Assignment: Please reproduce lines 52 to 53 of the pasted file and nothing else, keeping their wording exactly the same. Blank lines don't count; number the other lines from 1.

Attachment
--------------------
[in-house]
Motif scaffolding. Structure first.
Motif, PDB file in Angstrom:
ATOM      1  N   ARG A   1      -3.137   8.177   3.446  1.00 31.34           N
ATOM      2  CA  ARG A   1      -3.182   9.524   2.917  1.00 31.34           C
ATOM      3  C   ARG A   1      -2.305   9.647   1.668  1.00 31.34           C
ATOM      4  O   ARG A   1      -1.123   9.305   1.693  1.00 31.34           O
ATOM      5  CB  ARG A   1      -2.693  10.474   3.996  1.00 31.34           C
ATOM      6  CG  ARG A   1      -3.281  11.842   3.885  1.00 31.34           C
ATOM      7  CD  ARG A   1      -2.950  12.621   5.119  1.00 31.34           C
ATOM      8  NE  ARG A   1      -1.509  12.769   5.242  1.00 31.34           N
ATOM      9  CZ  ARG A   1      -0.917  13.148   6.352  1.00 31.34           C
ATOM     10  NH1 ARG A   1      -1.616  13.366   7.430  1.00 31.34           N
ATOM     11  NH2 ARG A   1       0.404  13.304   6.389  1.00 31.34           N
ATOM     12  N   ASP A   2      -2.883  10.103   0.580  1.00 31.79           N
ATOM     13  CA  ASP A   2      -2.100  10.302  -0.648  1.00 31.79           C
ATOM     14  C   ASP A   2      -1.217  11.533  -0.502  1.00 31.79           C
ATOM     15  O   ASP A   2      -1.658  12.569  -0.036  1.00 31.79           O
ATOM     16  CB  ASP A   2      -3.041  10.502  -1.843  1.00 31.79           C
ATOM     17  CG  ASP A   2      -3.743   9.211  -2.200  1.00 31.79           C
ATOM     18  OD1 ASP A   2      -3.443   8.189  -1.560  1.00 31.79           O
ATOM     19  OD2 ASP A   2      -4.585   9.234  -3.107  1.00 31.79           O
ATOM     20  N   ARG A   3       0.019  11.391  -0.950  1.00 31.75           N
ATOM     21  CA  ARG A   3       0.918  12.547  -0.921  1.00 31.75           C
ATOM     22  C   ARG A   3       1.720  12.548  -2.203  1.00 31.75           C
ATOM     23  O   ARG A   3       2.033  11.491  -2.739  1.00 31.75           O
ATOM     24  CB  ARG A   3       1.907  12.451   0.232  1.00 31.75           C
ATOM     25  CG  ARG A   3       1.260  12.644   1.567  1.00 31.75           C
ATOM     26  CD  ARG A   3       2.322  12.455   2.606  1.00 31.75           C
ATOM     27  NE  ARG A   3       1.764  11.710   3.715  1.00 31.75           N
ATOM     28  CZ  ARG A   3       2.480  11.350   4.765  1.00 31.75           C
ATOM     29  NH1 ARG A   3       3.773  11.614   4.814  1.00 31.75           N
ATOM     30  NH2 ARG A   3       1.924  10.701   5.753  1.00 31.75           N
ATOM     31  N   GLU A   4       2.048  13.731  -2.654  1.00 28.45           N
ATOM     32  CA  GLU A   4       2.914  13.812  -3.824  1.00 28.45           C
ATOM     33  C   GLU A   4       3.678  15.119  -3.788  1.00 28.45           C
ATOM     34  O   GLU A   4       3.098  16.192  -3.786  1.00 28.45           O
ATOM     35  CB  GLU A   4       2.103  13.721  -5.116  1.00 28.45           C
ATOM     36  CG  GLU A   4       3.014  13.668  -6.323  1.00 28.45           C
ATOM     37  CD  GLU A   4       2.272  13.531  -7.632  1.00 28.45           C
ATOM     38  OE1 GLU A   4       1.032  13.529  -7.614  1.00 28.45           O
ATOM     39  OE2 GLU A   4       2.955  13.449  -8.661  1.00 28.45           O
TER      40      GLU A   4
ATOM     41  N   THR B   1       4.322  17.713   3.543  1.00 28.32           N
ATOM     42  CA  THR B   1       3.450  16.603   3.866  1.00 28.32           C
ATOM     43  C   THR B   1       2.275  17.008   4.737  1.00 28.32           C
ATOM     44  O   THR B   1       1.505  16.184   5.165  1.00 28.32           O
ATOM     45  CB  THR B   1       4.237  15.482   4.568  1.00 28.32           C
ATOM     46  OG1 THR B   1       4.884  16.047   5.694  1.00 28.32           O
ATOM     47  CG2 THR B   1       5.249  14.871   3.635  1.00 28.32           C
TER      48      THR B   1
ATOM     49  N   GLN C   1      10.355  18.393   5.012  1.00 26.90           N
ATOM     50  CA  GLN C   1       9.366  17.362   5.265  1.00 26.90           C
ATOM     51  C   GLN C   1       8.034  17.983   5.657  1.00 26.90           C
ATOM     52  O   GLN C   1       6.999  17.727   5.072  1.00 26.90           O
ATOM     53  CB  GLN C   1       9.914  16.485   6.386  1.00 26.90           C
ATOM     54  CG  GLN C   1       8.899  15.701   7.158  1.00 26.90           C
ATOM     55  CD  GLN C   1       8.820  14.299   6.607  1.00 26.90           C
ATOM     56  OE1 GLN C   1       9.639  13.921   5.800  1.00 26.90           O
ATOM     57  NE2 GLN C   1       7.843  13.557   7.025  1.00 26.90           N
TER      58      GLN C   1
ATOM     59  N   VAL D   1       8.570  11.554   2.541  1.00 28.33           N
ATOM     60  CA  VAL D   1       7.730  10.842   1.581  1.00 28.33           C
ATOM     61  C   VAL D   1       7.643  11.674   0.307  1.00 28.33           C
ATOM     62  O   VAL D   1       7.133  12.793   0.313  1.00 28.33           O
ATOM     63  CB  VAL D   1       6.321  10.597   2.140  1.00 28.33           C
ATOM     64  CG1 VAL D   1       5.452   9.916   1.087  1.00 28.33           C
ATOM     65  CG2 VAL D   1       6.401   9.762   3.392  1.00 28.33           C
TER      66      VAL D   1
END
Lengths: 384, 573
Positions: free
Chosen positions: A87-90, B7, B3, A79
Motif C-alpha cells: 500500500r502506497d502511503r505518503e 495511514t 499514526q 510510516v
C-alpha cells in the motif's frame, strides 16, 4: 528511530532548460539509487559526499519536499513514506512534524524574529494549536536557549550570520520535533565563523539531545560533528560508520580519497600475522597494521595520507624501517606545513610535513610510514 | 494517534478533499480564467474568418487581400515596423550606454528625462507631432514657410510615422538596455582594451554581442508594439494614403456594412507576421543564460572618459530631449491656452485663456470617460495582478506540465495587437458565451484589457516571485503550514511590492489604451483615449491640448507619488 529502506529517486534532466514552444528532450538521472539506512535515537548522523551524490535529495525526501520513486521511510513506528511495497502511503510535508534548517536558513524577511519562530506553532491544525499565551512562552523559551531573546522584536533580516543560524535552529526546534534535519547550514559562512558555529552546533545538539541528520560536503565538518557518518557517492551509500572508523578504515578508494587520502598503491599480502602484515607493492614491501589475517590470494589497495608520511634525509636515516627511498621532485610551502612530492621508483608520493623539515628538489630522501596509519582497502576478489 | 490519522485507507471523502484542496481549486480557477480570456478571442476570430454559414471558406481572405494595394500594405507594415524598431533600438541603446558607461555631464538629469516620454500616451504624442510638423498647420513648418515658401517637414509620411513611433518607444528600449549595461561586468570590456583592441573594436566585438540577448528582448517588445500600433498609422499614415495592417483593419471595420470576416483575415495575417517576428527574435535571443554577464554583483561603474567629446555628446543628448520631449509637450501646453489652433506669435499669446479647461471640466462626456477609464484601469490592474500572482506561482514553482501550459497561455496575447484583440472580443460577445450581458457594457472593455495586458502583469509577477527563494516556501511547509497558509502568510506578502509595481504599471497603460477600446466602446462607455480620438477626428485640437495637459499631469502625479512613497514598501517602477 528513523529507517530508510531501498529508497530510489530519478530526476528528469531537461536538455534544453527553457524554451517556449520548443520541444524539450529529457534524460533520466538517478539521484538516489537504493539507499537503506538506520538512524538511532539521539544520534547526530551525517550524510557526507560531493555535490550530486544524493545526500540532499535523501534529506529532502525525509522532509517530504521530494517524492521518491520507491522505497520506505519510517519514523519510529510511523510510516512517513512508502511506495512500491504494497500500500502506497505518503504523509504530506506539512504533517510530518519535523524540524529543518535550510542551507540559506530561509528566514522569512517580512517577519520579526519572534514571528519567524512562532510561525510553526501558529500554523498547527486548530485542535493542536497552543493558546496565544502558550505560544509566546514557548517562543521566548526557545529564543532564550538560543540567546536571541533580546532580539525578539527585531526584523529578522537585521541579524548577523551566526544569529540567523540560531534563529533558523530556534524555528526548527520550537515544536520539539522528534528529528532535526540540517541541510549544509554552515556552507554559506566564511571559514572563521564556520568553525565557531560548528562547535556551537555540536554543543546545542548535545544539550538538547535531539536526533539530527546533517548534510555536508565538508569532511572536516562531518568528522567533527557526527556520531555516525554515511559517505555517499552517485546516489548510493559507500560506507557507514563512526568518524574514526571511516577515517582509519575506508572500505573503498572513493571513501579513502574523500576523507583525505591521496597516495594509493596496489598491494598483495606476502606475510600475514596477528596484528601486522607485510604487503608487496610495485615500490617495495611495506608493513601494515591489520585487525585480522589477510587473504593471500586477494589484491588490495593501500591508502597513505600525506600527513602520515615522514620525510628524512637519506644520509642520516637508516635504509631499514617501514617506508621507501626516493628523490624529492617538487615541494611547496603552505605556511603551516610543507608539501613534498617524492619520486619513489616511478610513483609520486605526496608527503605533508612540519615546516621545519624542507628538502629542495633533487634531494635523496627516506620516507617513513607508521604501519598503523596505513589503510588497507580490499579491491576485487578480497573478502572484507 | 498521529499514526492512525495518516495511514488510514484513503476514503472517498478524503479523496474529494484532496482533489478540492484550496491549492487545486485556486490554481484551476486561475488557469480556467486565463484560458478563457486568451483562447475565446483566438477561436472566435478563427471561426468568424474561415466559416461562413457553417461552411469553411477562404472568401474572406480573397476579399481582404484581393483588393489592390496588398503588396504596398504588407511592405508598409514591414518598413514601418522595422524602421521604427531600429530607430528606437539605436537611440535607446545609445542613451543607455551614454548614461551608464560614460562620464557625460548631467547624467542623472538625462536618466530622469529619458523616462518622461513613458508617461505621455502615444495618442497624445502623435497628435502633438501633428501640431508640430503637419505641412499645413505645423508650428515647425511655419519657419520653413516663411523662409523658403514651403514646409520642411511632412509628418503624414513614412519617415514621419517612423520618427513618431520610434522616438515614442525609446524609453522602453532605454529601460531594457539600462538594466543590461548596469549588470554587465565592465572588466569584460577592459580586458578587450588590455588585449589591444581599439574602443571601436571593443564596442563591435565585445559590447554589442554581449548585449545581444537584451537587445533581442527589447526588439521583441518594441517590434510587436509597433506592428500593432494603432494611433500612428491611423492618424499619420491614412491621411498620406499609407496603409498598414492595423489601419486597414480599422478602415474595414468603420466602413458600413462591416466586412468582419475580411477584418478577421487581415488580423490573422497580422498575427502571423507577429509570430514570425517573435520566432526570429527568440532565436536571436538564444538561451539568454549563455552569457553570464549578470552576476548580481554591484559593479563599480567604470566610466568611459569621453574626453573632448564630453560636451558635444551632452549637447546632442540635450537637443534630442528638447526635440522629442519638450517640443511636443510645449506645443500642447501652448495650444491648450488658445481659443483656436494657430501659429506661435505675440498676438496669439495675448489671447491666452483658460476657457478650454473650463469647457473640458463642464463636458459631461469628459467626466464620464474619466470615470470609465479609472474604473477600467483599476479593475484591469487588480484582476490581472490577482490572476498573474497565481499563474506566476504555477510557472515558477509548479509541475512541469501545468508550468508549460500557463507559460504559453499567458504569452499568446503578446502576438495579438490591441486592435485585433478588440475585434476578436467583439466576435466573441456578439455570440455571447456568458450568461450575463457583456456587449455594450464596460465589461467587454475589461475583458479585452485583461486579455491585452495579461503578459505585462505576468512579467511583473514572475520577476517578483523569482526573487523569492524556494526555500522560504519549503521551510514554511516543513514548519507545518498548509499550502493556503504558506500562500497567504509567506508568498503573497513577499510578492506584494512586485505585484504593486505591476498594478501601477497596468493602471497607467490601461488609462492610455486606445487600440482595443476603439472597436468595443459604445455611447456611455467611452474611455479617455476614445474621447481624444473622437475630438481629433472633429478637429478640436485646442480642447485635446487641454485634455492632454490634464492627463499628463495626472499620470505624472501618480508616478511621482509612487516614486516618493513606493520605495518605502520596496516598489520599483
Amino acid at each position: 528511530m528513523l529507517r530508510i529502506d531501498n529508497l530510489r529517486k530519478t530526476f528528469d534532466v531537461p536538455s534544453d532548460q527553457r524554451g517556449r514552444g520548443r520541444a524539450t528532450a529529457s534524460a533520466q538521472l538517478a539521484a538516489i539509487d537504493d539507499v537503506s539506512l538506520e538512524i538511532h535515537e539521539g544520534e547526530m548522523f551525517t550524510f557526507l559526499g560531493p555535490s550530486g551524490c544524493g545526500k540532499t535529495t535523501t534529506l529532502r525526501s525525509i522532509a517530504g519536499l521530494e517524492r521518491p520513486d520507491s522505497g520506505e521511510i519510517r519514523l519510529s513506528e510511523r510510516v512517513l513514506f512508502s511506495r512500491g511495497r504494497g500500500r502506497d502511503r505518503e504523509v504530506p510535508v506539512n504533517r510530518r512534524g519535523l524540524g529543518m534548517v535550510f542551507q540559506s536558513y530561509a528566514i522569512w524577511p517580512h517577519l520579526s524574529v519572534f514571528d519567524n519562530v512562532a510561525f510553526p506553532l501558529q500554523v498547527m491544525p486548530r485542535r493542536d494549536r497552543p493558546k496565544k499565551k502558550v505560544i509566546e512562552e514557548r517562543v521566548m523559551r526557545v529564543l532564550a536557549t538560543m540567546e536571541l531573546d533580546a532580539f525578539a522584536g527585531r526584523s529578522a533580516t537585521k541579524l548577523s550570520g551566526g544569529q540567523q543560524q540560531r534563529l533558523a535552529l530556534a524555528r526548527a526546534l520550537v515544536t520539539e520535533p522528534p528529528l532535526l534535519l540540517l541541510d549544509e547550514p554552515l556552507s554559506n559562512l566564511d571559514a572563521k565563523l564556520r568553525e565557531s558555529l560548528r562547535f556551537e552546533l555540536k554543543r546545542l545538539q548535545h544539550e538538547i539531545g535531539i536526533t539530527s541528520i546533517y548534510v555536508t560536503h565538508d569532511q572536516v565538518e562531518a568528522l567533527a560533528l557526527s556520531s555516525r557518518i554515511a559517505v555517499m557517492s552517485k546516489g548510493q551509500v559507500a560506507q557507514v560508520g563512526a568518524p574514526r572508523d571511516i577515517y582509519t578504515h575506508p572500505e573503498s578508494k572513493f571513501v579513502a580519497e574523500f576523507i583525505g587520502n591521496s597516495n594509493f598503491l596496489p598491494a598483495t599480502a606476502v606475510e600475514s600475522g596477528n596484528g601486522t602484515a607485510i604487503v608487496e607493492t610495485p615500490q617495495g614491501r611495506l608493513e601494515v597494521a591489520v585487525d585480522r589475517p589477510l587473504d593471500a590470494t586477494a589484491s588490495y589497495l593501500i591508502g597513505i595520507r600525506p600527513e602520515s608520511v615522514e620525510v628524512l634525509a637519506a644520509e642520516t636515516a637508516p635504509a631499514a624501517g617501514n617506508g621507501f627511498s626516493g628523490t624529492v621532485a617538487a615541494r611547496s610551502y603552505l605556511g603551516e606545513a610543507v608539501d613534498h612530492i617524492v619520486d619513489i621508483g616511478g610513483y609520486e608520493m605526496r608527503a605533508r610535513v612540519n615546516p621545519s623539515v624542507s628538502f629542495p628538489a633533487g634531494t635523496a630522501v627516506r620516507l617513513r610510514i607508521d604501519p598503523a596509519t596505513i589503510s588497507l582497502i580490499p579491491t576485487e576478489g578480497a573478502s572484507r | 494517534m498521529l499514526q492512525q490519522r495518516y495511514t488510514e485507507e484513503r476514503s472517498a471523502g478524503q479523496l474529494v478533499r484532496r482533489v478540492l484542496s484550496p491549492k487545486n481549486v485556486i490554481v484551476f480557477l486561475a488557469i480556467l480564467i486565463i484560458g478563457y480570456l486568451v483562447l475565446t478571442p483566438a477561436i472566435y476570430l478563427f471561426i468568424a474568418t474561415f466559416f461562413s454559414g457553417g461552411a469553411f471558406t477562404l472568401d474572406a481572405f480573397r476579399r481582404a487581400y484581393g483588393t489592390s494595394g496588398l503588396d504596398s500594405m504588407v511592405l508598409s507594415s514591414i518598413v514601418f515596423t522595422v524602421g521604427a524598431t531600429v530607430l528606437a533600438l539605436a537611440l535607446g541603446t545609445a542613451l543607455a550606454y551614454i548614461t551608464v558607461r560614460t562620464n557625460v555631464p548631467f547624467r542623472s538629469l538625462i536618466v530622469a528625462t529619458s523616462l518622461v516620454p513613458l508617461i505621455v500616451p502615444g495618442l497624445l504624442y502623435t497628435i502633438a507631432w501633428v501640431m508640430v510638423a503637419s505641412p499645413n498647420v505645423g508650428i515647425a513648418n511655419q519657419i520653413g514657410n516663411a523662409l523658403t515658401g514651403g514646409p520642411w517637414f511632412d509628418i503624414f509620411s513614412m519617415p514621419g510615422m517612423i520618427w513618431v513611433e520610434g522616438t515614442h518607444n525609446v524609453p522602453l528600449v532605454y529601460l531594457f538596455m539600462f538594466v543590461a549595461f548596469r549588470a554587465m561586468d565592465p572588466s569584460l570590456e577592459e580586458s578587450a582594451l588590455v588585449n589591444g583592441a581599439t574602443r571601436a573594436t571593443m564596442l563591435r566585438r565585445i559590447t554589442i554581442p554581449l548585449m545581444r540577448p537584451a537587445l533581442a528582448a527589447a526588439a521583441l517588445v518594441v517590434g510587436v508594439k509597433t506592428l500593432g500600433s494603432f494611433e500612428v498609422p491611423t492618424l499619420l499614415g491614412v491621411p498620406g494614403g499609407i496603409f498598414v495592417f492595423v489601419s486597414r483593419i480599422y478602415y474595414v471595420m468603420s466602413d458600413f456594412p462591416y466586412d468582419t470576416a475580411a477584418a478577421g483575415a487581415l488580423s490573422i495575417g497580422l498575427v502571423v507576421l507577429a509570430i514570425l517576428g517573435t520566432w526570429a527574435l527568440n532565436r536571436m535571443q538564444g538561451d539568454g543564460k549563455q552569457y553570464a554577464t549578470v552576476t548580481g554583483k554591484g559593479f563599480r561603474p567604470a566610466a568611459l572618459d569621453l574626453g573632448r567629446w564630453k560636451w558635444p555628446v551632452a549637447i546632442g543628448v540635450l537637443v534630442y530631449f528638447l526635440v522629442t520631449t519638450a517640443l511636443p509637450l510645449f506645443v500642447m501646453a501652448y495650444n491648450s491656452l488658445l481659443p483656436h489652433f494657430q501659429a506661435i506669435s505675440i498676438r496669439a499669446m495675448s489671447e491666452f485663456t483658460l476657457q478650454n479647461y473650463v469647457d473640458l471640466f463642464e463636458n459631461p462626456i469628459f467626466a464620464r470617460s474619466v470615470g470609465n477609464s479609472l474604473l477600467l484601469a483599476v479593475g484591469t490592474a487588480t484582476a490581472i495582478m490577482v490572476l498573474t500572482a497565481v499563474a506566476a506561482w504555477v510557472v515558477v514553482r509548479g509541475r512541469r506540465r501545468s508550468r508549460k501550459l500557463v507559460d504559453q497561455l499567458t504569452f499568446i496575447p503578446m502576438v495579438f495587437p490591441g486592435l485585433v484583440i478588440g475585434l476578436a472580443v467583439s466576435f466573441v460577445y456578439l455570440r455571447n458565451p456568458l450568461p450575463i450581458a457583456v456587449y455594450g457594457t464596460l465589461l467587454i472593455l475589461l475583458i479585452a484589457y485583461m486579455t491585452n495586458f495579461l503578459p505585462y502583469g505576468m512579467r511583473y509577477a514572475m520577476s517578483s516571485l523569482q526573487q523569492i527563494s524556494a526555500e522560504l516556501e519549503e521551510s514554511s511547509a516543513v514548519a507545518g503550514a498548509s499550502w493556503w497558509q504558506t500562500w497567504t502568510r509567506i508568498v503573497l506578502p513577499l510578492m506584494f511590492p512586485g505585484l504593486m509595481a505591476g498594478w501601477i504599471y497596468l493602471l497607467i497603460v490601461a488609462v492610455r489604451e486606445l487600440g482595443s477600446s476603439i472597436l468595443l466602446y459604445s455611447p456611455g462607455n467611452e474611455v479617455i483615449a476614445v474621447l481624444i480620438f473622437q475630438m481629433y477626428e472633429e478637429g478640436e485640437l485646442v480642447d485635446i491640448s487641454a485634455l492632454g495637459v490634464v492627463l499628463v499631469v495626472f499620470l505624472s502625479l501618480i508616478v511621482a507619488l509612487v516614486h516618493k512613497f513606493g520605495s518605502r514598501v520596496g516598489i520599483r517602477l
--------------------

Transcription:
ATOM     49  N   GLN C   1      10.355  18.393   5.012  1.00 26.90           N
ATOM     50  CA  GLN C   1       9.366  17.362   5.265  1.00 26.90           C